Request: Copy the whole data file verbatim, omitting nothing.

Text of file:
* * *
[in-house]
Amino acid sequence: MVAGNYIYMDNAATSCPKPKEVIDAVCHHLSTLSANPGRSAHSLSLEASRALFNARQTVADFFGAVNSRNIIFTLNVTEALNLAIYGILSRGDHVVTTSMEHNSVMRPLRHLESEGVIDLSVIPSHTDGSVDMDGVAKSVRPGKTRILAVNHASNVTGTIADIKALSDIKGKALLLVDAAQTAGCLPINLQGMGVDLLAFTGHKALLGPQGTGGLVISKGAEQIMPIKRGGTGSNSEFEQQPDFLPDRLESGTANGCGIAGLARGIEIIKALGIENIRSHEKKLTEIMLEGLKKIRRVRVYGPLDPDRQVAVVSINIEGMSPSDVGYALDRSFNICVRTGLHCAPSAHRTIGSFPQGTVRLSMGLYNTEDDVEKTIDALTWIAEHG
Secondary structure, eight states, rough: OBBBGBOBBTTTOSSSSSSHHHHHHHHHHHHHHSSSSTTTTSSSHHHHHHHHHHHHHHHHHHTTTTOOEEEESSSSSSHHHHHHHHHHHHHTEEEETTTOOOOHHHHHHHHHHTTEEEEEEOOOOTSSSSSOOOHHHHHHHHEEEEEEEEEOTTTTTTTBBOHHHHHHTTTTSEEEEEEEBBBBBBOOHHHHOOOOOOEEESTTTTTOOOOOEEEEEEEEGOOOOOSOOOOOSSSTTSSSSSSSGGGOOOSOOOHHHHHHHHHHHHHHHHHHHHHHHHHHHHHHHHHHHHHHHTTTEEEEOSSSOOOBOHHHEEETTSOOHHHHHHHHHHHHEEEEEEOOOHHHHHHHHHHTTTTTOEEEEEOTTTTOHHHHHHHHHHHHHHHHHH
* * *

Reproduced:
[in-house]
Amino acid sequence: MVAGNYIYMDNAATSCPKPKEVIDAVCHHLSTLSANPGRSAHSLSLEASRALFNARQTVADFFGAVNSRNIIFTLNVTEALNLAIYGILSRGDHVVTTSMEHNSVMRPLRHLESEGVIDLSVIPSHTDGSVDMDGVAKSVRPGKTRILAVNHASNVTGTIADIKALSDIKGKALLLVDAAQTAGCLPINLQGMGVDLLAFTGHKALLGPQGTGGLVISKGAEQIMPIKRGGTGSNSEFEQQPDFLPDRLESGTANGCGIAGLARGIEIIKALGIENIRSHEKKLTEIMLEGLKKIRRVRVYGPLDPDRQVAVVSINIEGMSPSDVGYALDRSFNICVRTGLHCAPSAHRTIGSFPQGTVRLSMGLYNTEDDVEKTIDALTWIAEHG
Secondary structure, eight states, rough: OBBBGBOBBTTTOSSSSSSHHHHHHHHHHHHHHSSSSTTTTSSSHHHHHHHHHHHHHHHHHHTTTTOOEEEESSSSSSHHHHHHHHHHHHHTEEEETTTOOOOHHHHHHHHHHTTEEEEEEOOOOTSSSSSOOOHHHHHHHHEEEEEEEEEOTTTTTTTBBOHHHHHHTTTTSEEEEEEEBBBBBBOOHHHHOOOOOOEEESTTTTTOOOOOEEEEEEEEGOOOOOSOOOOOSSSTTSSSSSSSGGGOOOSOOOHHHHHHHHHHHHHHHHHHHHHHHHHHHHHHHHHHHHHHHTTTEEEEOSSSOOOBOHHHEEETTSOOHHHHHHHHHHHHEEEEEEOOOHHHHHHHHHHTTTTTOEEEEEOTTTTOHHHHHHHHHHHHHHHHHH